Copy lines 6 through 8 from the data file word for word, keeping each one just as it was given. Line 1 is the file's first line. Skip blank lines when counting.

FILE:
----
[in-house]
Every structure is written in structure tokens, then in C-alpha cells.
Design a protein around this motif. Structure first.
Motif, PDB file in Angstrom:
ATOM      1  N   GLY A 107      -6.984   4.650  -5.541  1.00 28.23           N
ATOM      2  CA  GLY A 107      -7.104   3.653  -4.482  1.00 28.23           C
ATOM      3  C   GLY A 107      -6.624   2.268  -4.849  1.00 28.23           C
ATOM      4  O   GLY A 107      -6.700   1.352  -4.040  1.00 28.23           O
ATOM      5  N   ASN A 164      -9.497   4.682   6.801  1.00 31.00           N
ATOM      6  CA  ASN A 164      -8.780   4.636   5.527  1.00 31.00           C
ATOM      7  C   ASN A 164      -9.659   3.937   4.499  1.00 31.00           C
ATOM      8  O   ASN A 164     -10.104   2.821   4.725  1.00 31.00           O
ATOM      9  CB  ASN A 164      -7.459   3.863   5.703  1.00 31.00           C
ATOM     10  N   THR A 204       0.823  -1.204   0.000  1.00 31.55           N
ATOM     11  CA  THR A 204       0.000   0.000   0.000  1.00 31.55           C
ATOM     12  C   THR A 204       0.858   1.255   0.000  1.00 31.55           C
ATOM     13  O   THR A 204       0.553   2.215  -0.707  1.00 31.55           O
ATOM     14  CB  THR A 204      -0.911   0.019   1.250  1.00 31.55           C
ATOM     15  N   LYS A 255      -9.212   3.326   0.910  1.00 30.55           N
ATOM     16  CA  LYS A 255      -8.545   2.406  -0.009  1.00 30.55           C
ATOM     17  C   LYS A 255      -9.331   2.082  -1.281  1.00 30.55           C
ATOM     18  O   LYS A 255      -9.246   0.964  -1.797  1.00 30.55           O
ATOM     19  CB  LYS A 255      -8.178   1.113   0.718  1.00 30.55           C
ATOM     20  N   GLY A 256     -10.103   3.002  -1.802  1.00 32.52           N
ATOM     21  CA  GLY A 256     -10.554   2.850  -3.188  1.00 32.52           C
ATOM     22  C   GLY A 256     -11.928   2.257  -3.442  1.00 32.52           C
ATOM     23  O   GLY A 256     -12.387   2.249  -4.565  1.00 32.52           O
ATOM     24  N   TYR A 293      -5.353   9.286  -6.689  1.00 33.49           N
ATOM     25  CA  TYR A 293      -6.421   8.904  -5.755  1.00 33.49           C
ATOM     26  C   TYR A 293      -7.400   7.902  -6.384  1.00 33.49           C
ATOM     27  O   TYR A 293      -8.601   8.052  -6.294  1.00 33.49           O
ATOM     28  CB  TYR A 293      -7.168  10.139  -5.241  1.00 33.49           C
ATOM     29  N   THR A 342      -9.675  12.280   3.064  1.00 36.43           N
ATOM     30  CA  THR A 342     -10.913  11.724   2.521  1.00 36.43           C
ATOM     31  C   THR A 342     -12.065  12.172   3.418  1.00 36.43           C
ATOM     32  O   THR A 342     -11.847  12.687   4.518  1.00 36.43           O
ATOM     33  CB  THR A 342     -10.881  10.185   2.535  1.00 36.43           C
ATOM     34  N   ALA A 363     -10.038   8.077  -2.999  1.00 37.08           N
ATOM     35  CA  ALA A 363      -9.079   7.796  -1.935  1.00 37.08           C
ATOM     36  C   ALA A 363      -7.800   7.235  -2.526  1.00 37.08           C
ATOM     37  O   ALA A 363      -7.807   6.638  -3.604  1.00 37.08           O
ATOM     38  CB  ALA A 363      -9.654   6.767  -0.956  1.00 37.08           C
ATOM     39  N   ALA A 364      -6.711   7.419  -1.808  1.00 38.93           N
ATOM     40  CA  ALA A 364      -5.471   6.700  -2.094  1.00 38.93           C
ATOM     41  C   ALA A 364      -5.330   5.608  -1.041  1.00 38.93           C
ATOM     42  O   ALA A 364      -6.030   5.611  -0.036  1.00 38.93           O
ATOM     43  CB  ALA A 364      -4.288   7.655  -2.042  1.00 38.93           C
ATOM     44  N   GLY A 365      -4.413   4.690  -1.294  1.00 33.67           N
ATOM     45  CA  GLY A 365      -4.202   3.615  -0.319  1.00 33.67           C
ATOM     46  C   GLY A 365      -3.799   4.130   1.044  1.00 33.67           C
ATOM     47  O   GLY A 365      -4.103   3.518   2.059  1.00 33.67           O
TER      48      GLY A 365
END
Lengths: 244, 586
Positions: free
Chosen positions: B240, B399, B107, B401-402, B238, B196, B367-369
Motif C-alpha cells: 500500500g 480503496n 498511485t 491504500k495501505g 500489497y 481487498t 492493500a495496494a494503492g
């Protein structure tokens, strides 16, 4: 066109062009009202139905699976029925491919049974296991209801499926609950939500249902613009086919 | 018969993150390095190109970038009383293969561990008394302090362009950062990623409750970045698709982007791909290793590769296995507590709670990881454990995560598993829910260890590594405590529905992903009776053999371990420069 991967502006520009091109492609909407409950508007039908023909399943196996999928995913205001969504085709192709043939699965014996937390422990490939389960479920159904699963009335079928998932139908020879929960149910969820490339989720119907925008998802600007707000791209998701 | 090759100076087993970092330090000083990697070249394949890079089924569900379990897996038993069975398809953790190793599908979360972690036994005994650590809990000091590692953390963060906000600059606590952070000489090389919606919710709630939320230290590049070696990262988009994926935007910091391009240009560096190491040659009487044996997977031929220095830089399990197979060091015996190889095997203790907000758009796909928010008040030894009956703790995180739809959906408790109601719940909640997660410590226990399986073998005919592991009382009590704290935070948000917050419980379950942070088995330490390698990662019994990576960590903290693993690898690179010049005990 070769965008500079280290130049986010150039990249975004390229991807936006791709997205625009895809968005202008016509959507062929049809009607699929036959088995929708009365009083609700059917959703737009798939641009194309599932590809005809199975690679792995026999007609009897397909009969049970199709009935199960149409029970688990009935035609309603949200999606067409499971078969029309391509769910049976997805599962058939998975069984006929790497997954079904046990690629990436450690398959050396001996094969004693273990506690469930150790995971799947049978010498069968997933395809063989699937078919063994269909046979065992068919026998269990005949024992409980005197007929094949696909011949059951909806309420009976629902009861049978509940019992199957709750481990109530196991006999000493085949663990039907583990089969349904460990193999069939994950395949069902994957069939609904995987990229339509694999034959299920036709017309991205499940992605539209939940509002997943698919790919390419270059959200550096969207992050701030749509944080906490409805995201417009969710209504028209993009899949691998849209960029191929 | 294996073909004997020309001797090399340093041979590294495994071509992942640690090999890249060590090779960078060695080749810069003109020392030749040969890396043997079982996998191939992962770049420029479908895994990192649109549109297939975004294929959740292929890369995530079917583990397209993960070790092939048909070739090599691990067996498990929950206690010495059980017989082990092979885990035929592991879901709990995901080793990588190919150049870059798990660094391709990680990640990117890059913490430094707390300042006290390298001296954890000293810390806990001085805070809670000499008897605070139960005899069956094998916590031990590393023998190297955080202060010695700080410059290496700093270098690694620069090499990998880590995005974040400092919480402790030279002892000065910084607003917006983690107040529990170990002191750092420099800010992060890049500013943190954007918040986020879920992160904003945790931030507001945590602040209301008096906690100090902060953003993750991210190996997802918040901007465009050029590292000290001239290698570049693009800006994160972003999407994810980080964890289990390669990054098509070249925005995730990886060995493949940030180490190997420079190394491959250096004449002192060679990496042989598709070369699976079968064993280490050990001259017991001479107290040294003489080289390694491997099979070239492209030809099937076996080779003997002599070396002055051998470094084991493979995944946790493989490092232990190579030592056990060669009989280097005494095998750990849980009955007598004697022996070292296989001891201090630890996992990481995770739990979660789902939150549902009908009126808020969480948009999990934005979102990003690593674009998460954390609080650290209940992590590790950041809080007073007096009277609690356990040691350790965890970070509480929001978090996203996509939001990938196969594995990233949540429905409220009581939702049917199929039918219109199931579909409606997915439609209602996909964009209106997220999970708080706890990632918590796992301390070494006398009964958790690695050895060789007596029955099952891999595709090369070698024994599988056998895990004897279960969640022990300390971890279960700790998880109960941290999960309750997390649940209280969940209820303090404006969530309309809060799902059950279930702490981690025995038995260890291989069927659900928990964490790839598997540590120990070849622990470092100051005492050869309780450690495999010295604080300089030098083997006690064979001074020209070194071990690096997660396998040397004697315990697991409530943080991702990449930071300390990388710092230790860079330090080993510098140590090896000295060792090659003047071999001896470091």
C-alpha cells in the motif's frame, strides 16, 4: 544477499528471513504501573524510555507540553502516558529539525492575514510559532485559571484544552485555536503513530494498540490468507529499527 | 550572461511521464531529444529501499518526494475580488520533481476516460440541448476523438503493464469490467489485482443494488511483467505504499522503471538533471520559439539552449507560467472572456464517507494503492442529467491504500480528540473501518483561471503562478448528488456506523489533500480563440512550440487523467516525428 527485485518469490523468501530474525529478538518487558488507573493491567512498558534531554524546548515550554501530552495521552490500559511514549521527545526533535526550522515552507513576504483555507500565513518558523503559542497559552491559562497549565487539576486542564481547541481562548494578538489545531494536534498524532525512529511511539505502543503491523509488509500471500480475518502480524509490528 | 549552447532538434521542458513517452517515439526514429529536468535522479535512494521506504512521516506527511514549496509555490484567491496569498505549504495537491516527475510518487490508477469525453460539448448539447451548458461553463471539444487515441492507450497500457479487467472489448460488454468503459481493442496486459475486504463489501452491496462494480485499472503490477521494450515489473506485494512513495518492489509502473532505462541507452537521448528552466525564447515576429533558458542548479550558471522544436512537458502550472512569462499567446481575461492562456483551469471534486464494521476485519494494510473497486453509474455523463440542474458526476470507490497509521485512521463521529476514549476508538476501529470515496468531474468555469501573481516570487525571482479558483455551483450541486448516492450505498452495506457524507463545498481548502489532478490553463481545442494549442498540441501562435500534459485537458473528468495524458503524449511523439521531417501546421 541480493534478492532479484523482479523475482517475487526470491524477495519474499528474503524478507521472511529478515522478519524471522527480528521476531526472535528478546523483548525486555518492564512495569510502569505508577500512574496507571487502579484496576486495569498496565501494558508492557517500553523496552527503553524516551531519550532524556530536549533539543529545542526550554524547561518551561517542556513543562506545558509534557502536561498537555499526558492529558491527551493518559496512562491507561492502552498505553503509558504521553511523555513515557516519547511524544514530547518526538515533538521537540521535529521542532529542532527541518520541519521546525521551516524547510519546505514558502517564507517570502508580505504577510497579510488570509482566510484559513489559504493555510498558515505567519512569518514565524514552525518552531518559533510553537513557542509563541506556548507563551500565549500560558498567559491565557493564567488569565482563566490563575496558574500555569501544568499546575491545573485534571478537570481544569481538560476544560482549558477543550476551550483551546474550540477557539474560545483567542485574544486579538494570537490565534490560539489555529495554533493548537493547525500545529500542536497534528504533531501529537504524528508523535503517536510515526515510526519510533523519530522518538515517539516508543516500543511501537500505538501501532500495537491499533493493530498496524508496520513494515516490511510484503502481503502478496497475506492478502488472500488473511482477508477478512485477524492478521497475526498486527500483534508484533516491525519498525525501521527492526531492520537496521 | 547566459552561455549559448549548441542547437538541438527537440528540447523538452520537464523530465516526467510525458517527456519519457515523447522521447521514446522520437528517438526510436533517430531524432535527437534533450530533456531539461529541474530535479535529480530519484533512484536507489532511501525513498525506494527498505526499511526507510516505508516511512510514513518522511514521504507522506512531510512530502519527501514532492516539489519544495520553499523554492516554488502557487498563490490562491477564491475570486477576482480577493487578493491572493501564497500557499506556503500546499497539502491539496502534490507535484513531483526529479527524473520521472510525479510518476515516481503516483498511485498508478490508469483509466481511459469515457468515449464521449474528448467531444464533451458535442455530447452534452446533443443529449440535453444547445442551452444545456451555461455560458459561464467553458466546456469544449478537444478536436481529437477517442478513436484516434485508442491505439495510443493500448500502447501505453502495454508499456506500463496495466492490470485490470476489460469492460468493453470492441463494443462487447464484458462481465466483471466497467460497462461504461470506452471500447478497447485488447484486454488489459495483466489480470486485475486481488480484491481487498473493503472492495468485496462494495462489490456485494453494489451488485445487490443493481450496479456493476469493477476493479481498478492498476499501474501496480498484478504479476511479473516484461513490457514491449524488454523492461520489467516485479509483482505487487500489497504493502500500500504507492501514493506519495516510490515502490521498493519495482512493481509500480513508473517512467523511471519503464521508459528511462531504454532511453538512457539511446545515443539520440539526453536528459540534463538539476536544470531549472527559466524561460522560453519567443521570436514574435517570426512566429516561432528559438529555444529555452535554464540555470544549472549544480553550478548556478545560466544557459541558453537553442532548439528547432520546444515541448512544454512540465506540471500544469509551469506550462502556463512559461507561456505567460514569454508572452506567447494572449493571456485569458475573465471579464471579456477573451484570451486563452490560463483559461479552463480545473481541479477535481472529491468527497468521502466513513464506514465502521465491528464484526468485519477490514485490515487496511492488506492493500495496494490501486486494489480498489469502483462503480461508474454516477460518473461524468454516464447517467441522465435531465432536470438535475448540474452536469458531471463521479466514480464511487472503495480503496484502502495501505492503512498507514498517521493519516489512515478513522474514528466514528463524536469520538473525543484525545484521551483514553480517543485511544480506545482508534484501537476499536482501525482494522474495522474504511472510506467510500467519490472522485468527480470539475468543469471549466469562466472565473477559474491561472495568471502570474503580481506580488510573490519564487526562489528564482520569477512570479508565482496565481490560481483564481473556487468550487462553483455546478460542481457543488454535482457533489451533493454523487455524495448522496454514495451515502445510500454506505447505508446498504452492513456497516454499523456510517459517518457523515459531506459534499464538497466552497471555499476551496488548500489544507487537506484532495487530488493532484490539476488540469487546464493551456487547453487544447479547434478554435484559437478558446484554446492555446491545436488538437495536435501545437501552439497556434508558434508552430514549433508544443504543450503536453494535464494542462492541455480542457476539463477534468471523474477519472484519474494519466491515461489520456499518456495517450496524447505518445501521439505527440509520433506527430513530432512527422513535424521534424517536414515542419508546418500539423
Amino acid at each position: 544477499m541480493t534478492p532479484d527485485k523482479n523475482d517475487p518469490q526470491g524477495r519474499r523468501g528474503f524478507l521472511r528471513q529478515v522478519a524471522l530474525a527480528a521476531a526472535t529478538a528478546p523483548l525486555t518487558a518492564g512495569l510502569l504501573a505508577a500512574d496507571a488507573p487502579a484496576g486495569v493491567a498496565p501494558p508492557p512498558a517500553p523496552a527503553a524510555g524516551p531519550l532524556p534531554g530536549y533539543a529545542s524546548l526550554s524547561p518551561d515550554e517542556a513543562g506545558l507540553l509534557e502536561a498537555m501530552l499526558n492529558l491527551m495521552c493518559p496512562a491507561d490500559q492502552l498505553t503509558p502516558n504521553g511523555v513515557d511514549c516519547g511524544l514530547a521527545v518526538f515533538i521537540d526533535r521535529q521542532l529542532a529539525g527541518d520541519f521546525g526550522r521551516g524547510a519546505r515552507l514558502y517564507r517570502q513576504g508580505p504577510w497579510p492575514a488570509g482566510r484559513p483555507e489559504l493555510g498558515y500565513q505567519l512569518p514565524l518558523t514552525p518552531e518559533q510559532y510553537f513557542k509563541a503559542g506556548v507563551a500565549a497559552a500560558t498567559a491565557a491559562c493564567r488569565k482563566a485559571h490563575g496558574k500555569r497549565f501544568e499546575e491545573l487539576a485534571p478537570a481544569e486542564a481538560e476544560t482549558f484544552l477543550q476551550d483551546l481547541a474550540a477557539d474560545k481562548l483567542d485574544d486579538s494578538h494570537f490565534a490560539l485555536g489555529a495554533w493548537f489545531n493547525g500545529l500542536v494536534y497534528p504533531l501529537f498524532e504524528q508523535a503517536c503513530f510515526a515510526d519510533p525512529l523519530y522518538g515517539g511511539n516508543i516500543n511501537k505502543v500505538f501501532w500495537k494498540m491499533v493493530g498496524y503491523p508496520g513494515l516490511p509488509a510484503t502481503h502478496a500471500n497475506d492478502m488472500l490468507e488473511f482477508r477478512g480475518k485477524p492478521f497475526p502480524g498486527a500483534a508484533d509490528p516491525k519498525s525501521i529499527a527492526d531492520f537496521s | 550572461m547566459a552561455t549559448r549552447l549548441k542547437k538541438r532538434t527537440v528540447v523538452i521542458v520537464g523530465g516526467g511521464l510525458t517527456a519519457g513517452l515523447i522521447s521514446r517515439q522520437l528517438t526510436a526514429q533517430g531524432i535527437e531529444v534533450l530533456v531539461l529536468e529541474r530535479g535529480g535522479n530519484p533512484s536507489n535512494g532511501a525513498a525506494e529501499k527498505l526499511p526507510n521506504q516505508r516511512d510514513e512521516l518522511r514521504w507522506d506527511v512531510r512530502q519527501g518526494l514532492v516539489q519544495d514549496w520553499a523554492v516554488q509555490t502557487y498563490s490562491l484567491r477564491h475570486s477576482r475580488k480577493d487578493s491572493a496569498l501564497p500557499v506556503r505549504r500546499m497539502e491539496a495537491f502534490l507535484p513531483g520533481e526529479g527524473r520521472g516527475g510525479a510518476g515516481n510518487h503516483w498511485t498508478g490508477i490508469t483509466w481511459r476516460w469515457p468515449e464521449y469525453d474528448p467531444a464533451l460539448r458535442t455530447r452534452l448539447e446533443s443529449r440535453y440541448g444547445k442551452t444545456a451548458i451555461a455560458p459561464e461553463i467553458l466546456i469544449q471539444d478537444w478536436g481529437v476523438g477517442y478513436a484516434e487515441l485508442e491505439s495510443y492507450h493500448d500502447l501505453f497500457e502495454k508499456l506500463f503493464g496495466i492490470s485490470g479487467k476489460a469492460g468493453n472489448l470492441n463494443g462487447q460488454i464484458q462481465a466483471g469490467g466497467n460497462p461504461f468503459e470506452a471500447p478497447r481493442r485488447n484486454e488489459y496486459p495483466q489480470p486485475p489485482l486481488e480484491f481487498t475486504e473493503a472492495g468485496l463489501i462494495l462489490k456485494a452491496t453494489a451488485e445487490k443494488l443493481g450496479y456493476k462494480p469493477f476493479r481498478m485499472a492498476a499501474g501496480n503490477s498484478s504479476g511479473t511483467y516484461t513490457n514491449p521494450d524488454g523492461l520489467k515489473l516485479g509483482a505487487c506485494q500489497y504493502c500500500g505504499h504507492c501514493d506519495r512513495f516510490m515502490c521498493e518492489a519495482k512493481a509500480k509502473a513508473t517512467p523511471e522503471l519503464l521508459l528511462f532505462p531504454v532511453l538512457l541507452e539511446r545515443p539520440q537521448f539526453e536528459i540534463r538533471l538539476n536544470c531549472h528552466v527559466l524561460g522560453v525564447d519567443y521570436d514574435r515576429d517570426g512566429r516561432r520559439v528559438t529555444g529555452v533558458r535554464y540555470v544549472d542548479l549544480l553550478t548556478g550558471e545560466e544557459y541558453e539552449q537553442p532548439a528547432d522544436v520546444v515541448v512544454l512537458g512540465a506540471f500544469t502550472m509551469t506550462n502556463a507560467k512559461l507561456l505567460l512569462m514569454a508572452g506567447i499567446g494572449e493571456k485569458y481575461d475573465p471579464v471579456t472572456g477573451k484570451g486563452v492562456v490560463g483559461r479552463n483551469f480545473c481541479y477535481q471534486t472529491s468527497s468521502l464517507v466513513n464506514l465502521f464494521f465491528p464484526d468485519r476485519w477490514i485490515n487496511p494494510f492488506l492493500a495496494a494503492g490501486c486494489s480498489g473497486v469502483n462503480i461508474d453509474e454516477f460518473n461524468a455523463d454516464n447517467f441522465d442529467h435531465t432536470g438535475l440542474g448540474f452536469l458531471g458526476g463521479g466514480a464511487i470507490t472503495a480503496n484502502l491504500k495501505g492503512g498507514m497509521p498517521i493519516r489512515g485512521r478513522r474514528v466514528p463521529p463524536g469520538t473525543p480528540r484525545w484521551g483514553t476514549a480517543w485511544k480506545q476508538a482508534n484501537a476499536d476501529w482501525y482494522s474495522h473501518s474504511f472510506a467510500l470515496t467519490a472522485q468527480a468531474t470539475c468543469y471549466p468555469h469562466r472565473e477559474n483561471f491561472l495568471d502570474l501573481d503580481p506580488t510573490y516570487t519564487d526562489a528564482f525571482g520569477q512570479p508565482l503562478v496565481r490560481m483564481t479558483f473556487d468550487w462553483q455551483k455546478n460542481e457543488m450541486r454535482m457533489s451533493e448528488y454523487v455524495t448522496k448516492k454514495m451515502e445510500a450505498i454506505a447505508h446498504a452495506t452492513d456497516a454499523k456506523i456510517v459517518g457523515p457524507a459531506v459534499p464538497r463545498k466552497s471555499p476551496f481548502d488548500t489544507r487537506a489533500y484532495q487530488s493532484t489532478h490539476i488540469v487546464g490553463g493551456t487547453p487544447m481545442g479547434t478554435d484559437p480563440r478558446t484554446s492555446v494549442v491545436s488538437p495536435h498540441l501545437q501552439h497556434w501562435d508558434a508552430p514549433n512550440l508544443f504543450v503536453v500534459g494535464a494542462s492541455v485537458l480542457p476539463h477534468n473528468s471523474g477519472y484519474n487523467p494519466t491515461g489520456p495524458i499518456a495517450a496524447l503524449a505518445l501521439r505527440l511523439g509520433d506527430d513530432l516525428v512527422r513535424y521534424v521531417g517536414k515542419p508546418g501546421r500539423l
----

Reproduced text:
ATOM      2  CA  GLY A 107      -7.104   3.653  -4.482  1.00 28.23           C
ATOM      3  C   GLY A 107      -6.624   2.268  -4.849  1.00 28.23           C
ATOM      4  O   GLY A 107      -6.700   1.352  -4.040  1.00 28.23           O